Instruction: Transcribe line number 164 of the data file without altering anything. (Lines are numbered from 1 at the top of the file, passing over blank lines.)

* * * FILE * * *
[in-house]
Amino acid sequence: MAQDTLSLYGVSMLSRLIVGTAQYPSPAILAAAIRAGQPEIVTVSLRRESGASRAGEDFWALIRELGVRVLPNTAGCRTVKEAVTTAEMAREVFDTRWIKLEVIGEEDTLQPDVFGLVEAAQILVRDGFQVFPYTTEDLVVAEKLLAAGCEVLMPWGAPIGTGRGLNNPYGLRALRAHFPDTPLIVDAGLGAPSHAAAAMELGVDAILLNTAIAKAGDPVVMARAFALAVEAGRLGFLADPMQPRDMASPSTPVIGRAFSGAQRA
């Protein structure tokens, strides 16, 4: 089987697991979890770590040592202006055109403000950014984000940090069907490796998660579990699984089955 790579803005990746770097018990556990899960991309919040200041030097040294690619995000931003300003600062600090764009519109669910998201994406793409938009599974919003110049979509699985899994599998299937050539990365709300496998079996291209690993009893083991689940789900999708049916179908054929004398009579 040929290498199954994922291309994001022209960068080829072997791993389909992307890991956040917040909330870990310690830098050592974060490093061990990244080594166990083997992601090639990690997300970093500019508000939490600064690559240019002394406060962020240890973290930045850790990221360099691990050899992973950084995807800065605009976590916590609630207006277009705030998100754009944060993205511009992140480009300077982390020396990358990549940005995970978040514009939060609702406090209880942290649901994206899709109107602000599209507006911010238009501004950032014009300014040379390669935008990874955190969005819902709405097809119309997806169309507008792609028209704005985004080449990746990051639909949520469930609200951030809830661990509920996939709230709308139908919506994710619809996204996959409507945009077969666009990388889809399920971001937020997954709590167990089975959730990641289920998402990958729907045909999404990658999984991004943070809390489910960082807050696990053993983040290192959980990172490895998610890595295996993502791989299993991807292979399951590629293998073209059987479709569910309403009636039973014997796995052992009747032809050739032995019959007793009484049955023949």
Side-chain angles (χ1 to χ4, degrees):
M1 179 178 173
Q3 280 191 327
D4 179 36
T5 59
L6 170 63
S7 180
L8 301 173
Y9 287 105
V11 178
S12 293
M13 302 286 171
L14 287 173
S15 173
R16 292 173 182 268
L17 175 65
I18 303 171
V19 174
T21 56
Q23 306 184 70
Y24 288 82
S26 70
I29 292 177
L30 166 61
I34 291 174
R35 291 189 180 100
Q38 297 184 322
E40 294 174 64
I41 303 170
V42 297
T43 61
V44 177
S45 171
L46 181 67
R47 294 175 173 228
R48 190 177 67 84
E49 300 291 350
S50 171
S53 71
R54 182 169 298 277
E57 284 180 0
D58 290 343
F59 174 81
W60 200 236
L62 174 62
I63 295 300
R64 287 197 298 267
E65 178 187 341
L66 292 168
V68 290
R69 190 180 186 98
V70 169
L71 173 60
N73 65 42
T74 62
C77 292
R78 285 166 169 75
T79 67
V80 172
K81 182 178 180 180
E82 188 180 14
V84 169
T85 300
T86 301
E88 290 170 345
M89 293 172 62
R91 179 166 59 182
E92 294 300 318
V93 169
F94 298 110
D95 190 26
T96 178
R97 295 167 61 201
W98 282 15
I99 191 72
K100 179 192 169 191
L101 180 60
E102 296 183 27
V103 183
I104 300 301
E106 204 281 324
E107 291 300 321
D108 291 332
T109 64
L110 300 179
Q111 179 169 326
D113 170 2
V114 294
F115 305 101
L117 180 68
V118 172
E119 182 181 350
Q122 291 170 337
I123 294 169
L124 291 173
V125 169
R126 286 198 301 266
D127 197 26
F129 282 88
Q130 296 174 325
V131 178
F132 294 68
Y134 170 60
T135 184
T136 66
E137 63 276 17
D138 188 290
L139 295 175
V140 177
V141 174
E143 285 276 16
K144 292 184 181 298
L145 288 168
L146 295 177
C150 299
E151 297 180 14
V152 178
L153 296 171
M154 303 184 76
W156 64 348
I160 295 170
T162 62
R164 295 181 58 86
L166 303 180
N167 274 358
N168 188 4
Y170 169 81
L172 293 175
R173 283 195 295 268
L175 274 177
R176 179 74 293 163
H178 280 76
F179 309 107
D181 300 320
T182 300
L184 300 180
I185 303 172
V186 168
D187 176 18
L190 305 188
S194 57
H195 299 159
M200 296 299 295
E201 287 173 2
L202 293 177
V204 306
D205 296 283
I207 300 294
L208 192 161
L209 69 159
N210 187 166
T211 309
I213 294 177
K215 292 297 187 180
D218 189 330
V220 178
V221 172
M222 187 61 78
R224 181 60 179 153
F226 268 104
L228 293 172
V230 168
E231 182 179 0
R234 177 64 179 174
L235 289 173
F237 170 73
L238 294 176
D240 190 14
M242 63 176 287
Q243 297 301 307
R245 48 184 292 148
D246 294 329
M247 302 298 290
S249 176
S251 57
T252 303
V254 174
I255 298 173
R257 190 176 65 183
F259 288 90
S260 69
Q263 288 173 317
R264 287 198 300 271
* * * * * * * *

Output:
L228 293 172